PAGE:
Interview: Incoming and Outgoing Presidents of Polar Instruments


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Polar Instruments has hired some talented technologists recently, including a new president, Dorine Gurney. At DesignCon, I had the opportunity to sit down for an interview with Dorine and Ken Taylor, Polar’s outgoing president. We talked about Dorine’s objectives for the company and Ken’s plans for life after Polar.

Shaughnessy: Dorine, nice to meet you. I'm sure you'll enjoy working with Polar. They're great people to work with.

Gurney: It’s been great to be here at DesignCon to see all the excitement around Polar and all the customers we have. We had even competitors coming and talking about our products and how great they are. It was a really good experience.

Shaughnessy: You've worked at Mentor, and you've worked at quite a few companies that readers will have heard of. Tell us a little bit about your background.

Gurney: I have been in the industry for about 30 years, mostly on the IC and the test and measurement sides of the industry. I worked at Mentor for 11 years and at Tektronix for 13 years, where I held positions in management, engineering management, and product marketing.

Shaughnessy: What's your background? Are you an engineer?

Gurney: Well, I am an engineer at heart. I like to solve problems. That's what I like to do, but I think through the years I've learned to understand that sometimes there are problems you can't solve. Sometimes to solve problems, you need help from others. So I've learnt through the years that engineering is one aspect of creating products and getting the progress going. And you also need some aspects of business and dealing with people and exchanging ideas and helping each other.

Shaughnessy: I know you just got to Polar three weeks ago, but what do you have planned?

Gurney: I don't want to discuss my plans too much. I'm still on a learning curve. I want to learn a lot about Polar and “the Polar way” in my first 30 days. I'm observing and asking a lot of questions. I'm trying to learn how Polar operates and understand the customers and what their problems are. I don't expect to change things dramatically initially, but I see some opportunities to improve things and I’d like to test some of these ideas with Polar and discuss them with the whole company. I mean, I'm not a dictator. I want to work as a group and decide together where the most important things to be done are.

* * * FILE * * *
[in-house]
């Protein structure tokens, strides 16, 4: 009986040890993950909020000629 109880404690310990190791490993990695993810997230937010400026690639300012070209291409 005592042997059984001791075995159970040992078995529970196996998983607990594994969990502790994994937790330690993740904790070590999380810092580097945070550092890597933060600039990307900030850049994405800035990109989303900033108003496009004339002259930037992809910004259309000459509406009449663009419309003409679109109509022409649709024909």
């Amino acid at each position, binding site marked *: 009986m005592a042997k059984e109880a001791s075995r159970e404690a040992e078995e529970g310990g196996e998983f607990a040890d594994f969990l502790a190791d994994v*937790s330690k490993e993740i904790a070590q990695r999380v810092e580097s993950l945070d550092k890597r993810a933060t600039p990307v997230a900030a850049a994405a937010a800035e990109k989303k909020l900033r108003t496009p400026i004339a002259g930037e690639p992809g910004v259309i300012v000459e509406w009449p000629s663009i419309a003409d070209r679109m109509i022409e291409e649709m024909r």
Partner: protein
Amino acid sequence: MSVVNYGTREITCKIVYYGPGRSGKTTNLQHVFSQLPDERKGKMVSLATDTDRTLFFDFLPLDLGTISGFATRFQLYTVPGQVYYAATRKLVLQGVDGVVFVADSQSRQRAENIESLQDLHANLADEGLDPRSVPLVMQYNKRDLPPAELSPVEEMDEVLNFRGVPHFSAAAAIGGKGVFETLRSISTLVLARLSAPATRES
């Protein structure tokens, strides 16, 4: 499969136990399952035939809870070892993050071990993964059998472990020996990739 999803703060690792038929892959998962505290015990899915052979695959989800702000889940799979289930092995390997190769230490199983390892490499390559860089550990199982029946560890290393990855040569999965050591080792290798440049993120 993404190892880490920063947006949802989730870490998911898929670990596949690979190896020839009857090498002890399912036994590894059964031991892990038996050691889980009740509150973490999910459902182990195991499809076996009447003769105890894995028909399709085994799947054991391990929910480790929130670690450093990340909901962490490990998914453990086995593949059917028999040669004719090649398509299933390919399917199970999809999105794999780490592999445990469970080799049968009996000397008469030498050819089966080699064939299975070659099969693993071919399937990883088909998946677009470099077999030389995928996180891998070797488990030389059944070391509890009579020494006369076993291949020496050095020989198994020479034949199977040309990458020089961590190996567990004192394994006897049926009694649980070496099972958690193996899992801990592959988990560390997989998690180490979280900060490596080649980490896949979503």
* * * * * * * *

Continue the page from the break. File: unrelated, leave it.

Shaughnessy: I'm sure Ken's sort of been walking you through.

Gurney: Yes, Ken has been tremendous. It's hard to fill his shoes. He has so much experience. He's so polished in the way he speaks and presents things. He's a great advisor. I'm so happy to have him as a mentor and I'm hoping and excited that he decided not to retire too quickly. I'm hoping he will visit and take my phone calls and give me advice when I'm in the middle of a situation.

Ken Taylor: Well, this must sound like a mutual admiration society. I have to say that Dorine is extremely modest about both the breadth and depth of her engineering experience, and add to that, her marketing experience. I think, if I'm to pat myself on the back for anything, it would be persuading Dorine to come to Polar in the first place—it wasn't her intention. I did a great sales job on her. I was so much looking forward to this show because I was confident that we'd have a lot of what I would call Polar admirers, from current users coming by the booth to say hi, and to meet Dorine, and to tell her what a great company Polar is in so many ways. I feel vindicated in that.

Shaughnessy: Dorine, had you worked on anything before with Polar?

Gurney: I never had a chance to work with them directly, but I had heard about Polar when I was working at Tektronix. I worked with Ken’s wife but not directly with Polar products.

Shaughnessy: That's good. So, you sold the job, Ken.

To read this entire interview, which appeared in the April 2018 issue of Design007 Magazine, click here.


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The Printed Circuit Designer’s Guide to…Secrets of High-Speed PCBsPart 1

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